14. Werz

    Joined:
    Jun 21, 2014
    Messages:
    143
    Likes Received:
    1
    I agree that these guys will probably get misdemeanors. The real move here is to affect public perception, and thus, to affect regulation and legislation.

    While the concept may be alien to those outside the United States, these are issues quite familiar to the American gun rights movement. And the fact is that those with UAVs who chase police helicopters and fly over crowded sports stadiums are the equivalent of those who carry AR-15s, AK-47s and combat shotguns into private business establishments: it may be not be unlawful, but it doesn't make friends, and the poor public impression will lead to regulation and legislation which screws things up for the rest of us.
     
  15. kymedic121

    Joined:
    Jul 1, 2014
    Messages:
    230
    Likes Received:
    0
    Location:
    Arlington, Ky.
    I have another newbie question and I apologize. But, do we have a UAV lobbying body or organization to speak on our behalf and to safeguard or rights?
     
  16. Dirty Bird

    Joined:
    Apr 15, 2014
    Messages:
    0
    Likes Received:
    9
    Location:
    Glen Burnie, MD - USA
    I am just getting in after a long day. From what I read, the guys were flying their Phantom near a bridge. A NYPD helicopter spotted the bird and flew in close for a look. Then, having approached the Phantom, he claims he had to veer off to avoid hitting it. Then the two get charged, etc..

    Is there more to this story? Am I missing something here?
     
  17. sting808

    Joined:
    Apr 10, 2014
    Messages:
    30
    Likes Received:
    0
    AMA may be the closest thing to a lobbying group for us.
    http://www.modelaircraft.org/

    If anyone else, I would think the entertainment film industry would want some compromise if liability was addressed. They have the resources. Too many bozos out there thinking I can do whatever I want and I don't care if worst case scenario happens that causes injury. SCCA just banned "drones" at sanctioned events. Unless, you can show proof of FAA license(certificate) and $10 million general liability insurance, no flying.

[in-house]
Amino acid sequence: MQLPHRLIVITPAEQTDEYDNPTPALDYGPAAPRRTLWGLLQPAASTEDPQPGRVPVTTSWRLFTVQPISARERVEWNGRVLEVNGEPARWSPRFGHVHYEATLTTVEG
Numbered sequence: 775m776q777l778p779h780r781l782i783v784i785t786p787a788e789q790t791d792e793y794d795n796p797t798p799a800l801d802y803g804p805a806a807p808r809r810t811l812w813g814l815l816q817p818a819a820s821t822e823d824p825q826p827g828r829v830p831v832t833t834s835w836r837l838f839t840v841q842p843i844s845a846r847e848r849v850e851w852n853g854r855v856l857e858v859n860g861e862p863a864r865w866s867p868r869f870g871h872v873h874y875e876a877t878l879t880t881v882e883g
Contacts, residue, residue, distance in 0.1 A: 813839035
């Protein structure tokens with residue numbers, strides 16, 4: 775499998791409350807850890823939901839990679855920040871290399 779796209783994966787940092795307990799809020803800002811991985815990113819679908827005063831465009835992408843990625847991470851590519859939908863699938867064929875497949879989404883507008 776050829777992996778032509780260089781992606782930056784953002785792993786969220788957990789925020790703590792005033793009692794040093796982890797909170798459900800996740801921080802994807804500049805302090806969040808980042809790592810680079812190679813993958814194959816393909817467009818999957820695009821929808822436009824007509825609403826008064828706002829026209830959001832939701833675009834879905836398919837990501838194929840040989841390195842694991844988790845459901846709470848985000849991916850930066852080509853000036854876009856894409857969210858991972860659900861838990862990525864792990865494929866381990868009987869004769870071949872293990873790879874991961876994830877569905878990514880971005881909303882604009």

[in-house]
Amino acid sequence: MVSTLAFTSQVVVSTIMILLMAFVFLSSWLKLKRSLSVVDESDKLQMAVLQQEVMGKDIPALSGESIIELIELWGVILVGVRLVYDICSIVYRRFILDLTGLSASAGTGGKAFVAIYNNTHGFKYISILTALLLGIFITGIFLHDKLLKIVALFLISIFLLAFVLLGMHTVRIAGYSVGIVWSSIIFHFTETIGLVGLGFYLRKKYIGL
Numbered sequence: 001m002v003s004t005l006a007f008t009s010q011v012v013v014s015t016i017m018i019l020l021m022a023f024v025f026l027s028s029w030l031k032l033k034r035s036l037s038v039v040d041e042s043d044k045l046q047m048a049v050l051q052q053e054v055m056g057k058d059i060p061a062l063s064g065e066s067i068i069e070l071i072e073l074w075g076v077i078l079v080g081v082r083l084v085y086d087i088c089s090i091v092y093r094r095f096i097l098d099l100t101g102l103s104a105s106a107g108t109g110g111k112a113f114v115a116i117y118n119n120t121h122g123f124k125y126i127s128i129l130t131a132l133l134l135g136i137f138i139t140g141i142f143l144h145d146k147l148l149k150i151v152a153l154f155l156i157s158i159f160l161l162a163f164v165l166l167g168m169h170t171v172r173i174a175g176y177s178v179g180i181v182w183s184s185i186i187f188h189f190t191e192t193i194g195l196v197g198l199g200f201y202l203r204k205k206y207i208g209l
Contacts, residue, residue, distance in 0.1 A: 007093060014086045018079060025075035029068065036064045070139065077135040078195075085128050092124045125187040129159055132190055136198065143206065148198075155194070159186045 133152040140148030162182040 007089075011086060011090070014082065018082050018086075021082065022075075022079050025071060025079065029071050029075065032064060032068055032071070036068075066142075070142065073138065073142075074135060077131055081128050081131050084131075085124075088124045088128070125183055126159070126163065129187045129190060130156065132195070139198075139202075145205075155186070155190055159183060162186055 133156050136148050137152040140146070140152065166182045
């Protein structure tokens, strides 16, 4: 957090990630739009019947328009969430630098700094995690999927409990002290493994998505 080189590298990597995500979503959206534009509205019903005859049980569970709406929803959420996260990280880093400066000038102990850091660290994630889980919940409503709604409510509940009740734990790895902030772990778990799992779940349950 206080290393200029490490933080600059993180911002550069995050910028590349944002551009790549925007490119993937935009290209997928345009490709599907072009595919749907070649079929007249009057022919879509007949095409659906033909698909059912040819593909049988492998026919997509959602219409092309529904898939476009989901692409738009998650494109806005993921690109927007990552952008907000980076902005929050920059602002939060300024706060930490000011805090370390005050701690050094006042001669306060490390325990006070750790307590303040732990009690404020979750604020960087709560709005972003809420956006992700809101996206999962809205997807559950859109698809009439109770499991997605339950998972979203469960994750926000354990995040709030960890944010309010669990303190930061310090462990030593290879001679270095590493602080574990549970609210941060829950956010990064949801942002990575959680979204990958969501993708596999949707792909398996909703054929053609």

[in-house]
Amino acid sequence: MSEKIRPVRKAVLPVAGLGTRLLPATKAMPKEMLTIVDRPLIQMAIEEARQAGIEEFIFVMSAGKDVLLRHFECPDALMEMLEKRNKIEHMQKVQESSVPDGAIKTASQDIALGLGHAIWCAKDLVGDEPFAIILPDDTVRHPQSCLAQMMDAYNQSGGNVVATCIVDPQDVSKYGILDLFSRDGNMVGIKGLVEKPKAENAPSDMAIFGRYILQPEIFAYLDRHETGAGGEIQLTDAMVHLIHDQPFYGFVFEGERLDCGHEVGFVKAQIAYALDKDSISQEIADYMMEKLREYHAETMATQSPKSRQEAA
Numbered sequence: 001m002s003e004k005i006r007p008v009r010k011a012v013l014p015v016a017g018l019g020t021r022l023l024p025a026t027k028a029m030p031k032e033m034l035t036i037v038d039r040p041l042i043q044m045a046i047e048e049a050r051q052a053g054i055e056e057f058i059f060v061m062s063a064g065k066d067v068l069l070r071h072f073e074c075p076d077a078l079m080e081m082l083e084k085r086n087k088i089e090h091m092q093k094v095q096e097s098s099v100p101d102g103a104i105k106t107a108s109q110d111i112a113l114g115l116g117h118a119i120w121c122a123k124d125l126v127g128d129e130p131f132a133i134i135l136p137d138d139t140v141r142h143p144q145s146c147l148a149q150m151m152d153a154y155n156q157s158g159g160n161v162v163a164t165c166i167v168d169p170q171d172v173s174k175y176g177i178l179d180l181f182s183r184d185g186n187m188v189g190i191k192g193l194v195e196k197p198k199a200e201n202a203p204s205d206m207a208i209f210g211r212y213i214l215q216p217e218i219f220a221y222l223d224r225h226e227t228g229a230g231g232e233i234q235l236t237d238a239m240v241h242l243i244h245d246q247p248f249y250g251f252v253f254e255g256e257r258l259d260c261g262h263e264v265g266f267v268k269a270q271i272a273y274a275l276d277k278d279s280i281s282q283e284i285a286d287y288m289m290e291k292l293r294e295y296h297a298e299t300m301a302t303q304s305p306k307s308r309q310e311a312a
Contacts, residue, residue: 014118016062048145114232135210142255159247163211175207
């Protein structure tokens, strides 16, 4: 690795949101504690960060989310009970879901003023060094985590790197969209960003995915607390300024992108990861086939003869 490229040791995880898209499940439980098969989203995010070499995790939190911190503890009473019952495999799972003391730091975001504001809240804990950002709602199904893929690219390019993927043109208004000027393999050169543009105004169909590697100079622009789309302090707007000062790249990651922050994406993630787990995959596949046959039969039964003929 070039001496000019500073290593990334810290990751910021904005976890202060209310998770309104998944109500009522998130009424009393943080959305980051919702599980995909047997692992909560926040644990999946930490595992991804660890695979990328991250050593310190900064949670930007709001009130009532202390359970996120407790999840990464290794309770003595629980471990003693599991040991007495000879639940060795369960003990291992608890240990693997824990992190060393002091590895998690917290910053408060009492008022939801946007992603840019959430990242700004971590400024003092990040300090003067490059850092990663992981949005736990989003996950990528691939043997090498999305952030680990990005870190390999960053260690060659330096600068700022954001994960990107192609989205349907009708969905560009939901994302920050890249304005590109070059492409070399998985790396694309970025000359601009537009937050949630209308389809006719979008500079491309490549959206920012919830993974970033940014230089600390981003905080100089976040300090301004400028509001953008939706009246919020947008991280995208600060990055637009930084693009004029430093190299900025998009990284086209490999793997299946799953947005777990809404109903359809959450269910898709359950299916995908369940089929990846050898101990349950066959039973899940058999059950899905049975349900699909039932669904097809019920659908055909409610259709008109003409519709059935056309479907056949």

http://solomatters.com/dont_drone_me_br ... _at_events

    People commonly cite FAA doesn't have rules and hobby aircrafts are exempt, but State, City, and other local ordinances do apply. Be aware of them. Hawaii has a no billboard, banner, large signage law. A US company got an FAA waiver to fly aerial banners and thought the waiver superceded our local law. The pilot flying the banner got cited and company asked by City to stop. FAA just issued a statement saying their waiver does not supercede local laws.

    http://www.civilbeat.com/2014/07/state- ... d-company/

    In the end, perceived irresponsible UAV flying will incite enough citizens and politicians to create highly restrictive laws. A few more high profile idiotic acts will make it harder to lobby for the responsible flyers. And unlike guns and the ARA, we do not have the right to bear RC aircrafts in any space we choose. Maybe I'll go to Waikiki and buzz some tourists on the beach... I bet it won't take much to make the local news. Then, it'll go national. JK
     
  18. kymedic121

    Joined:
    Jul 1, 2014
    Messages:
    230
    Likes Received:
    0
    Location:
    Arlington, Ky.
    You can certainly bet if they decide to create federal laws regulating UAVs that it will be under the oversight of Homeland Security. May we should organize and lobbying body for the UAV community.
     
  19. rrhansen

    Joined:
    Jun 6, 2014
    Messages:
    36
    Likes Received:
    0
    Please - do not refer to them as "drones" - they are "APP"s - Aerial Photography Platforms.